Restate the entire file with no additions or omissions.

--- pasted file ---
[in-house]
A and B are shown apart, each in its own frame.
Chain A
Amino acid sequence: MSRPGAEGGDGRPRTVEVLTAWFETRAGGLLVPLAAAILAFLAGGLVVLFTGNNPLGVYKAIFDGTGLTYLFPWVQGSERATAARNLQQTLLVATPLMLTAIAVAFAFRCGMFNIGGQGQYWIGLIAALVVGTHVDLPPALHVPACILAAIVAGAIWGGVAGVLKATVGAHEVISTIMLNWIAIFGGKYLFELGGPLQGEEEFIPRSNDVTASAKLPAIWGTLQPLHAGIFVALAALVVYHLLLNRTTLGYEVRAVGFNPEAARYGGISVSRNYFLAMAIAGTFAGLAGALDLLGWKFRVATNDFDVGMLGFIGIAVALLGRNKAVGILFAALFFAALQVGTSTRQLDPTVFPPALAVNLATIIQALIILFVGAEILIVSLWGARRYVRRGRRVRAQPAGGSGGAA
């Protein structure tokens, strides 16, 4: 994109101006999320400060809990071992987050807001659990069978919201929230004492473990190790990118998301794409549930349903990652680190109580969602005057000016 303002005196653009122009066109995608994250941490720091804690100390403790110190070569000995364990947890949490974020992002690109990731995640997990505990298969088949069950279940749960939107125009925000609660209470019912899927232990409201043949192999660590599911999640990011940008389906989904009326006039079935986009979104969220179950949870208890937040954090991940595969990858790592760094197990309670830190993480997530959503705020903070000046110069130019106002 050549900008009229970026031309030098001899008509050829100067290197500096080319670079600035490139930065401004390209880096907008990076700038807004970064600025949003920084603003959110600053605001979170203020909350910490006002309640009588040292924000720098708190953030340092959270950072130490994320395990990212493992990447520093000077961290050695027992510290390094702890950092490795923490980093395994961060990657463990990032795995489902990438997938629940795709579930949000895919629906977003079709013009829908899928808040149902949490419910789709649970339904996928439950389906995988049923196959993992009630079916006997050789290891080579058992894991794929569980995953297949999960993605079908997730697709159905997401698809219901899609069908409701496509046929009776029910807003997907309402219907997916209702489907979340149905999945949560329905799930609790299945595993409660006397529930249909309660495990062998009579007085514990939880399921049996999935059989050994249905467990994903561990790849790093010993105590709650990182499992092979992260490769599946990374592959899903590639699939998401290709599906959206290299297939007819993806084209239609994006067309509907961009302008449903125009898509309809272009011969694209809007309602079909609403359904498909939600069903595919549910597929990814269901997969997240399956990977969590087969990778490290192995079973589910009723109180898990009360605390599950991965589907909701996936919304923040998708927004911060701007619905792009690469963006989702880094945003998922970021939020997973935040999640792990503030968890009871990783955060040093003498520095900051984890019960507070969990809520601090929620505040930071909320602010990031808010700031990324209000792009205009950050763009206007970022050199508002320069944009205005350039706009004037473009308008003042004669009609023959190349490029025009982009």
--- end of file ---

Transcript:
[in-house]
A and B are shown apart, each in its own frame.
Chain A
Amino acid sequence: MSRPGAEGGDGRPRTVEVLTAWFETRAGGLLVPLAAAILAFLAGGLVVLFTGNNPLGVYKAIFDGTGLTYLFPWVQGSERATAARNLQQTLLVATPLMLTAIAVAFAFRCGMFNIGGQGQYWIGLIAALVVGTHVDLPPALHVPACILAAIVAGAIWGGVAGVLKATVGAHEVISTIMLNWIAIFGGKYLFELGGPLQGEEEFIPRSNDVTASAKLPAIWGTLQPLHAGIFVALAALVVYHLLLNRTTLGYEVRAVGFNPEAARYGGISVSRNYFLAMAIAGTFAGLAGALDLLGWKFRVATNDFDVGMLGFIGIAVALLGRNKAVGILFAALFFAALQVGTSTRQLDPTVFPPALAVNLATIIQALIILFVGAEILIVSLWGARRYVRRGRRVRAQPAGGSGGAA
């Protein structure tokens, strides 16, 4: 994109101006999320400060809990071992987050807001659990069978919201929230004492473990190790990118998301794409549930349903990652680190109580969602005057000016 303002005196653009122009066109995608994250941490720091804690100390403790110190070569000995364990947890949490974020992002690109990731995640997990505990298969088949069950279940749960939107125009925000609660209470019912899927232990409201043949192999660590599911999640990011940008389906989904009326006039079935986009979104969220179950949870208890937040954090991940595969990858790592760094197990309670830190993480997530959503705020903070000046110069130019106002 050549900008009229970026031309030098001899008509050829100067290197500096080319670079600035490139930065401004390209880096907008990076700038807004970064600025949003920084603003959110600053605001979170203020909350910490006002309640009588040292924000720098708190953030340092959270950072130490994320395990990212493992990447520093000077961290050695027992510290390094702890950092490795923490980093395994961060990657463990990032795995489902990438997938629940795709579930949000895919629906977003079709013009829908899928808040149902949490419910789709649970339904996928439950389906995988049923196959993992009630079916006997050789290891080579058992894991794929569980995953297949999960993605079908997730697709159905997401698809219901899609069908409701496509046929009776029910807003997907309402219907997916209702489907979340149905999945949560329905799930609790299945595993409660006397529930249909309660495990062998009579007085514990939880399921049996999935059989050994249905467990994903561990790849790093010993105590709650990182499992092979992260490769599946990374592959899903590639699939998401290709599906959206290299297939007819993806084209239609994006067309509907961009302008449903125009898509309809272009011969694209809007309602079909609403359904498909939600069903595919549910597929990814269901997969997240399956990977969590087969990778490290192995079973589910009723109180898990009360605390599950991965589907909701996936919304923040998708927004911060701007619905792009690469963006989702880094945003998922970021939020997973935040999640792990503030968890009871990783955060040093003498520095900051984890019960507070969990809520601090929620505040930071909320602010990031808010700031990324209000792009205009950050763009206007970022050199508002320069944009205005350039706009004037473009308008003042004669009609023959190349490029025009982009």